Iago is successful in his plot as he is able to manipulate Othello into believing that his own wife is unfaithful. Othello’s Othello’s love for Desdemona and Iago’s knowledge of this make Othello an easy target for Iago’s manipulation. He knows that if he can make Othello believe that Desdemona is unfaithful, Othello will be consumed by jealousy and will ultimately destroy himself.
At the end of Act I, Othello believes his wife is sleeping with another man. As he tells Brabantio, “Here we’ll make our exchange.” To ensure that she gets pregnant as soon as possible, Iago convinces him to have sex while waking up (something they had already done in their marriage on the previous night). By sunrise, Desdemona gives birth to a daughter named Emilia while Cassio informs Othello of her death.
Iago is a master of manipulation. Othello’s fatal flaw is his ‘free and open nature’. Iago uses this to his advantage, since Othello is ‘not of an age, but for all time’. Othello is ‘easily jealous’.
Iago’s successful manipulation of Othello can be attributed to several factors. First, Iago is very good at reading people and understanding their weaknesses. He quickly realized that Othello was susceptible to jealousy and used that knowledge to his advantage. Second, Iago is incredibly patient and willing to wait for the perfect opportunity to strike.
He bides his time until Othello is in a vulnerable state before introducing the false evidence that leads to Othello’s downfall. Finally, Iago is incredibly persistent and even when his plan starts to unravel, he doesn’t give up. He continues to push forward in spite of the danger he knows he’s in.
All of these factors combine to make Iago a very successful manipulator of Othello. Othello’s fatal flaw is his trustfulness and openness, which Iago uses against him. Othello is easily led astray by jealousy, and Iago takes advantage of that by feeding Othello false information that leads to his demise.
Iago’s role in the play is further demonstrated by his importance (in terms of comparison to other characters) for the production. Iago outweighs every other character in terms of stage time, with soliloquies and the like being the most significant exception. He makes Roderigo appear foolish. He has comparable success with Cassio and Othello. Both of these individuals turn to him for ‘free advise.’ Even when he is not on stage, he is still spoken about favorably – ‘that he is honest.’ Shakespeare does not allow Iago’s presence to be overshadowed.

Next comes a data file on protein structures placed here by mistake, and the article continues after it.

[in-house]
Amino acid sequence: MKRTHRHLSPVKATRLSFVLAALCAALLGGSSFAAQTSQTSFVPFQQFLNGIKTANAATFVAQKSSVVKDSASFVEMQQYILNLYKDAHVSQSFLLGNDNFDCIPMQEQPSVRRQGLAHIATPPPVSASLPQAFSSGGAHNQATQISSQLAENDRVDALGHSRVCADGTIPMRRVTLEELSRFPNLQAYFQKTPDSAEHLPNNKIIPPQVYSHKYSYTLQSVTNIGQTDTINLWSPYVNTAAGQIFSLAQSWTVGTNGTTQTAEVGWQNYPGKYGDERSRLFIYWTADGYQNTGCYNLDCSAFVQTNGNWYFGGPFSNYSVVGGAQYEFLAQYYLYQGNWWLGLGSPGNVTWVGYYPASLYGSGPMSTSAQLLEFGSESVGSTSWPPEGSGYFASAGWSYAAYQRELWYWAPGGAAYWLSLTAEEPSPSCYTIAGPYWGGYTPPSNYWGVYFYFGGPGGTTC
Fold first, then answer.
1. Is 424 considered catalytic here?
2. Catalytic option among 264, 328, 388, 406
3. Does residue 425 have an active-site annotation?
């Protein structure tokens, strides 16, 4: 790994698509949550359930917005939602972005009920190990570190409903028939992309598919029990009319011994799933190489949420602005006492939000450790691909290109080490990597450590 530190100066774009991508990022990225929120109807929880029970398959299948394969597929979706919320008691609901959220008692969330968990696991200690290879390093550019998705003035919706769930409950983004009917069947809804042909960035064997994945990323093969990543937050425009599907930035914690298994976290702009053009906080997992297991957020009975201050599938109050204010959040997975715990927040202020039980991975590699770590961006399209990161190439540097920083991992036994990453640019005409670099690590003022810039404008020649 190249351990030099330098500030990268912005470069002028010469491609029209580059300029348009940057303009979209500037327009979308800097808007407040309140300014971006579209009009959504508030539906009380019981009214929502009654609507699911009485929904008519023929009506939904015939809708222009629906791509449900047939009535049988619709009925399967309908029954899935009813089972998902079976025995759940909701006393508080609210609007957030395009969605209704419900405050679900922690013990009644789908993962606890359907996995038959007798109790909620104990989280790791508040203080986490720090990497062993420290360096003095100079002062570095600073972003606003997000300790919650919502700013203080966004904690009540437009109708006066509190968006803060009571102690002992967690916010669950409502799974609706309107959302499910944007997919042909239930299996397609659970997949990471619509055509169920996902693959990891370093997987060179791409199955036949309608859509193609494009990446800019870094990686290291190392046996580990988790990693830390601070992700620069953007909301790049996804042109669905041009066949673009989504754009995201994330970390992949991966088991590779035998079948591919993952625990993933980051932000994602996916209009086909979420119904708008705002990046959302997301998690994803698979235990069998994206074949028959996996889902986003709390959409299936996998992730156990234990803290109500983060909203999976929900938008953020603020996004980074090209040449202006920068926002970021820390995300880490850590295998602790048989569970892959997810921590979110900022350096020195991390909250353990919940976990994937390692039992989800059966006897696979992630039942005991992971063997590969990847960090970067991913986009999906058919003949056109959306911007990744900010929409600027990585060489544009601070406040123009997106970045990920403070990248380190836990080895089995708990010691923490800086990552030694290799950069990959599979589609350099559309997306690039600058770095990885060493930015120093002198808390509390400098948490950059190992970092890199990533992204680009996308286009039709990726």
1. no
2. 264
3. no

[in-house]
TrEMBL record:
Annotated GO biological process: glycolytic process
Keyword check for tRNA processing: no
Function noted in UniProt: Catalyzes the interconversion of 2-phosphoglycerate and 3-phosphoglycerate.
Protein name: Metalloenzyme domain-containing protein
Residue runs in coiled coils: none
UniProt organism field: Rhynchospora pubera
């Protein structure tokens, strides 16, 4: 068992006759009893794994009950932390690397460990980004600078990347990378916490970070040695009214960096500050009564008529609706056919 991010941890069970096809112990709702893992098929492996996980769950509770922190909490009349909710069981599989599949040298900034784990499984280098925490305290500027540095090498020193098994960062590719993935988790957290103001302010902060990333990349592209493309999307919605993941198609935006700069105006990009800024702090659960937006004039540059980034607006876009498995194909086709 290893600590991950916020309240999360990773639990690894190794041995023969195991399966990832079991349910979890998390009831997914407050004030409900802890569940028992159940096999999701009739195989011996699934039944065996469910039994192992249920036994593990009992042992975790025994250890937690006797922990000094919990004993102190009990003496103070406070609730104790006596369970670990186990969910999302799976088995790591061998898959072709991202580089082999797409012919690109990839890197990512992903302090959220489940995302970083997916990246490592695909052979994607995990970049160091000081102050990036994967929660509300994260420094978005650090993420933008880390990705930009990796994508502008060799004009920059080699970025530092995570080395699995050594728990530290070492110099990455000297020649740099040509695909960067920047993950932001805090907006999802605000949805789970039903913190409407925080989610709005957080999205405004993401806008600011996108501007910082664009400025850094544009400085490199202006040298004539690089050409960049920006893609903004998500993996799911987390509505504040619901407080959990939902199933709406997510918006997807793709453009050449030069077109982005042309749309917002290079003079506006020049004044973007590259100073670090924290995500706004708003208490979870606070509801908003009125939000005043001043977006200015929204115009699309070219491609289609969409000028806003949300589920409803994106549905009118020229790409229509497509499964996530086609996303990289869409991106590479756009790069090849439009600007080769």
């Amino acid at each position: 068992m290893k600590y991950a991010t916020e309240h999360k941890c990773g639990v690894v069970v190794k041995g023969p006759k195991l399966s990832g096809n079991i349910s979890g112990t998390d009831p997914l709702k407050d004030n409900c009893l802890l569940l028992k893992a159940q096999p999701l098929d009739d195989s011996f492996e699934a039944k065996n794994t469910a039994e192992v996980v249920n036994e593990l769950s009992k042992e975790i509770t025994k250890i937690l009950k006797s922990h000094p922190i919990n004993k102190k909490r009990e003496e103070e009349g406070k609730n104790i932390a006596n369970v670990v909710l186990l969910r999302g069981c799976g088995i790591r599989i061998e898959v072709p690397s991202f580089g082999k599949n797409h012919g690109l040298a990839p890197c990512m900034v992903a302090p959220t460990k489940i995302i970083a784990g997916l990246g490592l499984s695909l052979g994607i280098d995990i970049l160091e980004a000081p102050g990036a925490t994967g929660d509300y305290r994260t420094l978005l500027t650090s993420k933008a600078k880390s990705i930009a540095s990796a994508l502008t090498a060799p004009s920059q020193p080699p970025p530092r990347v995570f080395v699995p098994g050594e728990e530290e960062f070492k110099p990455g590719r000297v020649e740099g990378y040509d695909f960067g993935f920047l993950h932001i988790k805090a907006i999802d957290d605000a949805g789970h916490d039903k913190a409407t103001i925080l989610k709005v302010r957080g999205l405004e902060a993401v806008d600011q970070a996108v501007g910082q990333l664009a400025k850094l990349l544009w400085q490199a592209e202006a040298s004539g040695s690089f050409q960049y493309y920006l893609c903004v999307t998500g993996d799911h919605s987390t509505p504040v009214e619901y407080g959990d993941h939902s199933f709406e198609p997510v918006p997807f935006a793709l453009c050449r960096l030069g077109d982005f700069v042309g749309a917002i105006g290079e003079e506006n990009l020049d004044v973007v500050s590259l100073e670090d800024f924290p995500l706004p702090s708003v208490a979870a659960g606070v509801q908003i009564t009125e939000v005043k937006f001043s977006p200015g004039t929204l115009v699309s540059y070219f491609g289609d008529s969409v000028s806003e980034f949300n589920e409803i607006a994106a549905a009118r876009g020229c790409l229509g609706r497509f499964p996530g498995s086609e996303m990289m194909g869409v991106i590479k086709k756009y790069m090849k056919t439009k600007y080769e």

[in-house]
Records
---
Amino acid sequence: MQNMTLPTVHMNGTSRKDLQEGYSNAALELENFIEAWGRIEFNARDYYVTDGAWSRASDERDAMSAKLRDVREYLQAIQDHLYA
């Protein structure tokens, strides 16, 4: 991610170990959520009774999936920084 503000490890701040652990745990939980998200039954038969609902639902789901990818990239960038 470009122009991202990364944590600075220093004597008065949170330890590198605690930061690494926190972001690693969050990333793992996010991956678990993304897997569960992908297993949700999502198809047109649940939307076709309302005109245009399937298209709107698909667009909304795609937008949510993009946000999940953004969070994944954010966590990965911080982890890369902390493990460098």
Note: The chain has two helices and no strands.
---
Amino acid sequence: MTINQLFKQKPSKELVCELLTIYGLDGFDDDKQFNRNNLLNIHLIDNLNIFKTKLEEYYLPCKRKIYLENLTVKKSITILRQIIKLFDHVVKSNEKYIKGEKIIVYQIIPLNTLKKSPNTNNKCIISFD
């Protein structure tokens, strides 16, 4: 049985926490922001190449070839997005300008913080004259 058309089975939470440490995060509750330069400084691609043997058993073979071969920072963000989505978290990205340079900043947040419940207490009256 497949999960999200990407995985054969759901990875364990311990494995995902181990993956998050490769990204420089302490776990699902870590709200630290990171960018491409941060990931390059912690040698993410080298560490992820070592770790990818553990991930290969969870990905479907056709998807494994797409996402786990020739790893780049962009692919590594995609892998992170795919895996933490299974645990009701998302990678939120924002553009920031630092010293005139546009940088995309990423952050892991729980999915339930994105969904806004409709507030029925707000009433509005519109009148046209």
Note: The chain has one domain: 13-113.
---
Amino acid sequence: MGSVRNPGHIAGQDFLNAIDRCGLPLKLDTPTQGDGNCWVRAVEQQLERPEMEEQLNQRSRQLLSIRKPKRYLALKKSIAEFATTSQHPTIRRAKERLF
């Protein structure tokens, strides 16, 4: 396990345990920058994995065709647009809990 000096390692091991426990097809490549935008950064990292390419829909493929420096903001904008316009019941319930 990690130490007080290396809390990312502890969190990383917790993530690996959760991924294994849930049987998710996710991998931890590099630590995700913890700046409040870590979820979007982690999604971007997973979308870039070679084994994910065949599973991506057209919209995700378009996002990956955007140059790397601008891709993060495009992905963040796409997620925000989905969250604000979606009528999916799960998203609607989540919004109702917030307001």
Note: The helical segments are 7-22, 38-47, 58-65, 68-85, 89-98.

Othello is shown as a gullible, paranoid and very trusting character. Iago calls Othello a ‘black ram’ that tupped Desdemona- meaning Othello is an animal controlled by his sexual desires. Othello is also said to be easily manipulated: ‘For when my outward action doth demonstrate/ The native act and figure of my heart/ In compliment extern, ‘tis not long after/ But I will wear my heart upon my sleeve/ For daws to peck at’. Othello is therefore, in Iago’s opinion, too trusting and open with his feelings. This makes him easy to control and manipulate.
Iago is thus clearly demonstrating his passion-driven dominance throughout the play. He will go to any length to destroy Othello’s goodness. His soliloquies allow him to expose the qualities of other characters as well. He so immediately asserts that Othello is a “free and open person.” This contrast with any other character – they all have issues with human nature. Even though Iago is frequently referred to as “honest,” he isn’t. Othello can’t refute Iago’s simple claim that Desdemona “should be false.”
Othello is so easily consumed by jealousy, and it becomes his ‘green-eyed monster’. Othello has no solid evidence that Iago is speaking the truth, but he allows his mind to be poisoned. Othello’s state of mind rapidly deteriorates as he starts to believe Iago’s lies.
This can be shown when Othello says ‘I will see before I doubt; when I doubt, prove; And on the proof, there is no more but this, Away at once with love or jealousy!’ Othello is so consumed by what Iago has told him; he does not want to hear any more. Othello believes that if he hears anymore, it will only be more convincing lies. Othello’s tragic flaw is his gullibility, and Iago takes full advantage of that. Othello is not the only character that Iago deceives.
Emilia is Othello’s wife, and Iago’s partner-in-crime. She is unaware of the plan to destroy Othello, but she does know that her husband constantly suspects Desdemona of cheating. Emilia often tries to reason with Othello, telling him that it is natural for a woman to have a wandering eye. She says ‘Women are light at midnight: men may construe things/ After their fashion, clean from the purpose of the things themselves.